Rival Lebanese leaders forge deal to end conflict

A01946028.jpgDOHA (Reuters) – Rival Lebanese leaders signed a deal on Wednesday to end 18 months of political conflict that had threatened to push the country to a new civil war.

The agreement, reached after six days of Arab-mediated talks, also paved the way for the election of a new president.

Parliament will convene on Sunday to elect army chief General Michel Suleiman as head of state, aides to Parliament Speaker Nabih Berri told Reuters in Qatar, where the feuding sides signed the accord.

The agreement between the U.S.-backed ruling coalition and the Hezbollah-led opposition resolved a dispute over a law for holding 2009 parliamentary elections and met the opposition’s long-standing demand for veto power in cabinet.

It followed a Hezbollah military campaign this month against the ruling coalition which bolstered the opposition’s political strength. Hezbollah, a group backed by Iran and Syria, routed its rivals in six days of conflict that killed 81 and prompted the Qatari-led mediation.

The fighting was Lebanon’s worst civil conflict since the 1975-1990 war and exacerbated tensions between Shi’ites loyal to Hezbollah and Druze and Sunni supporters of the government.

“Today, we are opening a new page in Lebanon’s history,” said Saad al-Hariri, a Sunni politician who leads the governing coalition and has close ties to Saudi Arabia. His supporters were among those defeated by Hezbollah.

“I know the wounds are deep, but we have no one except each other,” said Hariri, who is regarded as a strong contender for prime minister in the new cabinet.

Hezbollah delegation leader Mohammed Raad said the deal would help “towards strengthening coexistence and building the state”.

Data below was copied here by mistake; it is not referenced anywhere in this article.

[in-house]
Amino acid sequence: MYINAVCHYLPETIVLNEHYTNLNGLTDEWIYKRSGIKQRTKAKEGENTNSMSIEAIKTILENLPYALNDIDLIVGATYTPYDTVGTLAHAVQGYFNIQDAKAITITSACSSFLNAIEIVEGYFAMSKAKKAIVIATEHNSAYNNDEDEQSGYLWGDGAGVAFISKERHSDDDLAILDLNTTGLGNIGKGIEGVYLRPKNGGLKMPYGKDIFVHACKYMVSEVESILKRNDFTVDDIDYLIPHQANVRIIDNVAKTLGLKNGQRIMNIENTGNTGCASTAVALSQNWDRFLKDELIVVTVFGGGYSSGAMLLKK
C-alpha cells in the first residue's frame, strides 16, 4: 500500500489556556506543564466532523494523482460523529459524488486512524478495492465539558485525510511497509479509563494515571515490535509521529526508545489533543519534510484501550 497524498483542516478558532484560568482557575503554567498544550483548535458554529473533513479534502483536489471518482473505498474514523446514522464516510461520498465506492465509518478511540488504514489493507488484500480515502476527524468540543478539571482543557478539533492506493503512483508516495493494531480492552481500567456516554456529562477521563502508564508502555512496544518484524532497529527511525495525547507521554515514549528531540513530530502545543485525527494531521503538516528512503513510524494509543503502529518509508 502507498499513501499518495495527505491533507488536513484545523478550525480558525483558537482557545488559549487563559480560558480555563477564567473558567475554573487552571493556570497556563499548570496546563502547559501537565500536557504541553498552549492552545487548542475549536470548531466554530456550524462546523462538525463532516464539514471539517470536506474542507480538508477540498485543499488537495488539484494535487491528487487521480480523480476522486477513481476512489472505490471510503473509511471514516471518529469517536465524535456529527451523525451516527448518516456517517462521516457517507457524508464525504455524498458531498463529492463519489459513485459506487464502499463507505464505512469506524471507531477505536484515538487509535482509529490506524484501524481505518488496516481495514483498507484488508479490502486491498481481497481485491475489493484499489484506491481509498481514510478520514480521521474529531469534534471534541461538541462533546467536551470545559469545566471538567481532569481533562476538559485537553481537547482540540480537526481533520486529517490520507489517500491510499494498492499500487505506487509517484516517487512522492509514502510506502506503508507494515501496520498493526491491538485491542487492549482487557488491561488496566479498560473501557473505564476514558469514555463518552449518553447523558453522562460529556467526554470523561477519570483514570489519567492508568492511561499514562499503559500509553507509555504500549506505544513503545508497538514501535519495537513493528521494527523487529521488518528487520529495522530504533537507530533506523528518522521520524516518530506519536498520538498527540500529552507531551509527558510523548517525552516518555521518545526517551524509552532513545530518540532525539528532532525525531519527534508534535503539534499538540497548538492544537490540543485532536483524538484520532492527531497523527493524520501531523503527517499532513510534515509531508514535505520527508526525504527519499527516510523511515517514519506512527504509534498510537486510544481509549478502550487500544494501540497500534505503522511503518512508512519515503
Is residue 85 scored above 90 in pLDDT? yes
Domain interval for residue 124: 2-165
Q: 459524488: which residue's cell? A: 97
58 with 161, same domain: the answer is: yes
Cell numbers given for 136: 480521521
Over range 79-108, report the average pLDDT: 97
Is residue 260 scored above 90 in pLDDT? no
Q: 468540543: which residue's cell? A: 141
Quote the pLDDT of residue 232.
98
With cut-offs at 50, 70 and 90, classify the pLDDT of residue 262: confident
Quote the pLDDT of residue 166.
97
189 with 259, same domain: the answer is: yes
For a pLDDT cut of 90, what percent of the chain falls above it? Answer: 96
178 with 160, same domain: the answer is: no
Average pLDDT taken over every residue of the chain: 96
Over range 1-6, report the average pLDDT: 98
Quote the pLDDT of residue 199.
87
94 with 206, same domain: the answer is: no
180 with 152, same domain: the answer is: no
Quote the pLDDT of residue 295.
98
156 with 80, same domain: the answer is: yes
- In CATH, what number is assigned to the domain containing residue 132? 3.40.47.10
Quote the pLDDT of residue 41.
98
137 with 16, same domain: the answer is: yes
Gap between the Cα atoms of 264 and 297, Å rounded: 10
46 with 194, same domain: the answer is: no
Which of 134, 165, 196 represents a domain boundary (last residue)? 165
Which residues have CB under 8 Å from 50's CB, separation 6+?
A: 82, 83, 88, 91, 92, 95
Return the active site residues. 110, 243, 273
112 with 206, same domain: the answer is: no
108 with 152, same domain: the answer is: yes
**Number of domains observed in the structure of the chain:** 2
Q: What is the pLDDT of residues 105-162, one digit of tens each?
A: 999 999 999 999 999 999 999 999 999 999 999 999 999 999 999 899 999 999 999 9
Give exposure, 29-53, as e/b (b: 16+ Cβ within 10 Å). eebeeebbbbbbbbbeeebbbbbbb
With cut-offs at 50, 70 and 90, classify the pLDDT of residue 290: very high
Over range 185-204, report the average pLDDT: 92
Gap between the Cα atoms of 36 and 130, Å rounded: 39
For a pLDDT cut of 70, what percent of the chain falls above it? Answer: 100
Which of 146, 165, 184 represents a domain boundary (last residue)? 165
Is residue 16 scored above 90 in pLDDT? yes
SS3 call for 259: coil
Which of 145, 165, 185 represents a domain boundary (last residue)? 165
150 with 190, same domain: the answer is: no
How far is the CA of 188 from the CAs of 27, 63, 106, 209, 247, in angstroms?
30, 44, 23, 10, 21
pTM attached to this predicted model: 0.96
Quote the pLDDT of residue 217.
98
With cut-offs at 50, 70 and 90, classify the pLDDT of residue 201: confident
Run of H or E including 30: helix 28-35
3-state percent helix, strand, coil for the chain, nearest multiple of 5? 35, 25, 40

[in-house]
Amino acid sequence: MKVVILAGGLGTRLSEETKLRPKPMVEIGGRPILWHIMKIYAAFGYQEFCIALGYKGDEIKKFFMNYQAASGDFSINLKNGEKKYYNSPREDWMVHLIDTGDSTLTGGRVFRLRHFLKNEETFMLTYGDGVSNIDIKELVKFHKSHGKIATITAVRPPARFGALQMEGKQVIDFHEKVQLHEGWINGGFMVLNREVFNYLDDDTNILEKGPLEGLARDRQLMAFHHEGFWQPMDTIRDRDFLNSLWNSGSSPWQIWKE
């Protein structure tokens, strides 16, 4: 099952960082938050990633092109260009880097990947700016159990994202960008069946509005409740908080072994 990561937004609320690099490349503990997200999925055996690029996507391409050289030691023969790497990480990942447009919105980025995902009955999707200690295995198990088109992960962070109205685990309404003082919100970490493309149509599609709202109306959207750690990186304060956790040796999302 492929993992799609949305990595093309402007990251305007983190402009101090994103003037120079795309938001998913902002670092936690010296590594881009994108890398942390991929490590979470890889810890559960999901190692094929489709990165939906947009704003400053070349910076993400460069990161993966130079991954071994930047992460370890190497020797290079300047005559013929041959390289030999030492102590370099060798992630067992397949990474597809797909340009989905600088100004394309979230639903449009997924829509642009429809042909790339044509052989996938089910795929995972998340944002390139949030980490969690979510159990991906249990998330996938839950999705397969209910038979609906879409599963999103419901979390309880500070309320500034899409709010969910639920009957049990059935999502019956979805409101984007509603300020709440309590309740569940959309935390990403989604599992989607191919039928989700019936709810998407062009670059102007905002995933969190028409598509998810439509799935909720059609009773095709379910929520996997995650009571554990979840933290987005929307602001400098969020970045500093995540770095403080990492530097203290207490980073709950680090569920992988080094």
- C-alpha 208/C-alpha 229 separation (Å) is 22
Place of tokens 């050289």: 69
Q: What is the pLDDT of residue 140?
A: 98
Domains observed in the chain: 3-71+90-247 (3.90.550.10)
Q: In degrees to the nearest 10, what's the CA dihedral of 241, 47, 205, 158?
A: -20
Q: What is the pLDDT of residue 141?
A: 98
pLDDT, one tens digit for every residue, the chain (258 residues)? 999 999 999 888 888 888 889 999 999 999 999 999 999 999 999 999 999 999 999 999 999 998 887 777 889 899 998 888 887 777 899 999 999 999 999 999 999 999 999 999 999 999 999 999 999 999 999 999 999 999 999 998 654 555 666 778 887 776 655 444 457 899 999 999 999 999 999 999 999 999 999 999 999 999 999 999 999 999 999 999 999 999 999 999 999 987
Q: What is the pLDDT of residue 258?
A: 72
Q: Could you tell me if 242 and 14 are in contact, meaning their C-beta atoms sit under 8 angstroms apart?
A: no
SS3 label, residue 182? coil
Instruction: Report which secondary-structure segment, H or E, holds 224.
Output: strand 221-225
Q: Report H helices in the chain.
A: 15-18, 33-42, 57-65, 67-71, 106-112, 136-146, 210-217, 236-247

Foreign backers of both sides, including the United States, France, Iran and Syria, welcomed the deal. Saudi Arabia was “happy” about the agreement, the Saudi ambassador to Lebanon was quoted as saying by the National News Agency.

U.S. Secretary of State Condoleezza Rice said it was a “positive step” towards resolving the crisis. Lebanese politicians say the search for a resolution has been complicated by the factions’ ties to competing foreign states.

Talal Salman, a commentator in the pro-opposition as-Safir newspaper, said the deal was a compromise that “could be transformed into a solid agreement. It redresses the balance in the no-victor, no-vanquished formula.”

POWER STRUGGLE

The anti-Damascus ruling coalition had long refused to meet the opposition’s demand for cabinet veto power, saying the opposition was trying to restore Syrian control of Lebanon.

Syria was forced to withdraw troops from Lebanon in 2005 after the assassination of former Prime Minister Rafik al-Hariri, Saad al-Hariri’s father.

The United States held up the withdrawal as a foreign policy success but the Hezbollah-led opposition has steadily piled pressure on Washington’s allies in Lebanon.

Opposition ministers quit Prime Minister Fouad Siniora’s cabinet in November 2006 in protest at the governing alliance’s refusal to meet the demand for veto power. The resignations stripped the cabinet of all its Shi’ite members and upset Lebanon’s delicate sectarian power-sharing system.

Hezbollah’s military campaign this month forced the government to rescind two measures which the Shi’ite group viewed as hostile enough to justify an armed response.

The opposition began to remove a protest encampment controlled by Hezbollah in central Beirut. The tent city, erected next to the government’s headquarters, has paralyzed the central commercial district since December 2006.

“Siniora let the country reach the point it did. We’ve been demanding the same thing for two years. They only agreed to give it to us yesterday,” said Hussein Fawwaz, an opposition activist who had been dismantling tents.

Under the deal both sides pledged not to use violence in political disputes. Qatari Prime Minister Sheikh Hamad bin Jassim bin Jabr al-Thani, who announced the deal in Doha, will attend Suleiman’s confirmation by parliament on Sunday.

The Lebanese leaders had considered holding the vote as early as Thursday, but postponed it until Sunday to allow Sheikh Hamad and other dignitaries to attend.

Once elected president, Suleiman will chair talks among the leaders on strengthening the Lebanese state.

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